An unusual app that I use to help myself cope with life is called WhatsMock. (This app looks like a similar one for iPhones.) WhatsMock is used to create fake WhatsApp conversations, which you can then screenshot and share as memes or pranks.
However, I use it as a journaling tool. I act as if I’m messaging a friend, writing down everything that is on my mind, and then I take a moment to read back what I’ve said, trying to act as if I really am an external friend figure, and message back what I would say to them. Even just sympathy or open ‘listening’ can help, although sometimes I will also come up with new ideas for how to tackle the problem and send them back as ‘advice.’ I find it increases the effectiveness of a normal stream-of-consciousness journal session because it encourages that back-and-forth between the distressed and the calmer, wiser parts of my mind, as well as being in the very natural-feeling format of messaging, rather than writing onto a blank piece of paper.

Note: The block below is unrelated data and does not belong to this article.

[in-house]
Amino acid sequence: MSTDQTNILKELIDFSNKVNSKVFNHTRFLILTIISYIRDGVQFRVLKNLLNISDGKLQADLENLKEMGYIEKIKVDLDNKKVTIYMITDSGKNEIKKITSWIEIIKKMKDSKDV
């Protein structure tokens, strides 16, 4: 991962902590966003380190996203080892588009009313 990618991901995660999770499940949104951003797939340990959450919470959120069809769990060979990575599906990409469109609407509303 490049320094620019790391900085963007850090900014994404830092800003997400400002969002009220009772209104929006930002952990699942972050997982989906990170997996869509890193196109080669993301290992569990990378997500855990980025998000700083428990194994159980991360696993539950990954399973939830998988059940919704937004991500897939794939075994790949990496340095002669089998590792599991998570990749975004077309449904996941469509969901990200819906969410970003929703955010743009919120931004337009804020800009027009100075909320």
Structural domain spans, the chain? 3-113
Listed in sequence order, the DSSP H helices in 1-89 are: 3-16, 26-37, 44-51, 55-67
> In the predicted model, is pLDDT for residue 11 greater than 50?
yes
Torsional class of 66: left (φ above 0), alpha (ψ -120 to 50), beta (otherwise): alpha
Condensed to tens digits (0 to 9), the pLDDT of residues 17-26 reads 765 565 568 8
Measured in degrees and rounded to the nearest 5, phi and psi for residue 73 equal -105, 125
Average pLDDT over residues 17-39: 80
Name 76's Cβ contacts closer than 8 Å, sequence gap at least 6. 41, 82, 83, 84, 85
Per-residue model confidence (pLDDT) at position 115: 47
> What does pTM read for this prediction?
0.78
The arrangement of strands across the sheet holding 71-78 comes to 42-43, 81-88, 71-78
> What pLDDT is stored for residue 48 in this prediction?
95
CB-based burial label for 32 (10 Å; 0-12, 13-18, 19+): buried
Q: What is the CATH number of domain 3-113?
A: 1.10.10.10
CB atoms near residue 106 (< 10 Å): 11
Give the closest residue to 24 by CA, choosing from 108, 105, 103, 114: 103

I adapted this idea from an experiment I heard about that was done using virtual reality. In the VR world, the participant would find themselves sitting in a therapist’s office, and they would be encouraged to say what was on their mind. They would then be ‘transported’ into the therapist’s place, and then they would watch back the recording of themselves talking about their problem. They would then respond to themselves as if they were the therapist, which seemed to help people to tap into their empathy for themselves, and to reframe their problems as something worthy of help.